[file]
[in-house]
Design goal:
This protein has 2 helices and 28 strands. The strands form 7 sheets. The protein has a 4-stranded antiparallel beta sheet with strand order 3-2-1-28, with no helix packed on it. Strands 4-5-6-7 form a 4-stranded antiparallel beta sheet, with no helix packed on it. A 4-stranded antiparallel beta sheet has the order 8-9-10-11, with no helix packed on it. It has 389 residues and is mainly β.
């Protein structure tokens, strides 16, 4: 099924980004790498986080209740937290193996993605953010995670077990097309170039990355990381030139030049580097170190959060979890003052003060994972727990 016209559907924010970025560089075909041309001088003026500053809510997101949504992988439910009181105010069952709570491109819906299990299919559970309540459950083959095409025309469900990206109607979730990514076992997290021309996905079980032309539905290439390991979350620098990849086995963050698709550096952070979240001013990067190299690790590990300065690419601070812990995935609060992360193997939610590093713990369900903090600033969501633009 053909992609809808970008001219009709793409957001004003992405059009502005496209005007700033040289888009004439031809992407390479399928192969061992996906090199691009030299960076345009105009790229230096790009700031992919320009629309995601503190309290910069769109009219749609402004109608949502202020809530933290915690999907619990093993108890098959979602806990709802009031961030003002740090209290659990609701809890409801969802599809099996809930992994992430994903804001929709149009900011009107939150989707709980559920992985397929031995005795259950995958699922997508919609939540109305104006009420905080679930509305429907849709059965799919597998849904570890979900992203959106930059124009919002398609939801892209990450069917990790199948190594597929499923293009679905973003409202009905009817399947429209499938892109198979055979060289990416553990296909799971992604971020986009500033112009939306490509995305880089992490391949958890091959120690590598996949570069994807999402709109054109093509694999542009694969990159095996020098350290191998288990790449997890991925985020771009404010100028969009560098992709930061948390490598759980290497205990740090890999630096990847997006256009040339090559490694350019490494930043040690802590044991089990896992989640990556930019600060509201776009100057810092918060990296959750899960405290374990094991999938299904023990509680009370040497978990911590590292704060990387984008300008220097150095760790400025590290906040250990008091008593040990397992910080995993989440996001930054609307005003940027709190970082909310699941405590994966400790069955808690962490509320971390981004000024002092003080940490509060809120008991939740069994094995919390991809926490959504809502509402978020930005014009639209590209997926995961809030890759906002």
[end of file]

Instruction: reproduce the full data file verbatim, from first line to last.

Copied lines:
[in-house]
Design goal:
This protein has 2 helices and 28 strands. The strands form 7 sheets. The protein has a 4-stranded antiparallel beta sheet with strand order 3-2-1-28, with no helix packed on it. Strands 4-5-6-7 form a 4-stranded antiparallel beta sheet, with no helix packed on it. A 4-stranded antiparallel beta sheet has the order 8-9-10-11, with no helix packed on it. It has 389 residues and is mainly β.
């Protein structure tokens, strides 16, 4: 099924980004790498986080209740937290193996993605953010995670077990097309170039990355990381030139030049580097170190959060979890003052003060994972727990 016209559907924010970025560089075909041309001088003026500053809510997101949504992988439910009181105010069952709570491109819906299990299919559970309540459950083959095409025309469900990206109607979730990514076992997290021309996905079980032309539905290439390991979350620098990849086995963050698709550096952070979240001013990067190299690790590990300065690419601070812990995935609060992360193997939610590093713990369900903090600033969501633009 053909992609809808970008001219009709793409957001004003992405059009502005496209005007700033040289888009004439031809992407390479399928192969061992996906090199691009030299960076345009105009790229230096790009700031992919320009629309995601503190309290910069769109009219749609402004109608949502202020809530933290915690999907619990093993108890098959979602806990709802009031961030003002740090209290659990609701809890409801969802599809099996809930992994992430994903804001929709149009900011009107939150989707709980559920992985397929031995005795259950995958699922997508919609939540109305104006009420905080679930509305429907849709059965799919597998849904570890979900992203959106930059124009919002398609939801892209990450069917990790199948190594597929499923293009679905973003409202009905009817399947429209499938892109198979055979060289990416553990296909799971992604971020986009500033112009939306490509995305880089992490391949958890091959120690590598996949570069994807999402709109054109093509694999542009694969990159095996020098350290191998288990790449997890991925985020771009404010100028969009560098992709930061948390490598759980290497205990740090890999630096990847997006256009040339090559490694350019490494930043040690802590044991089990896992989640990556930019600060509201776009100057810092918060990296959750899960405290374990094991999938299904023990509680009370040497978990911590590292704060990387984008300008220097150095760790400025590290906040250990008091008593040990397992910080995993989440996001930054609307005003940027709190970082909310699941405590994966400790069955808690962490509320971390981004000024002092003080940490509060809120008991939740069994094995919390991809926490959504809502509402978020930005014009639209590209997926995961809030890759906002």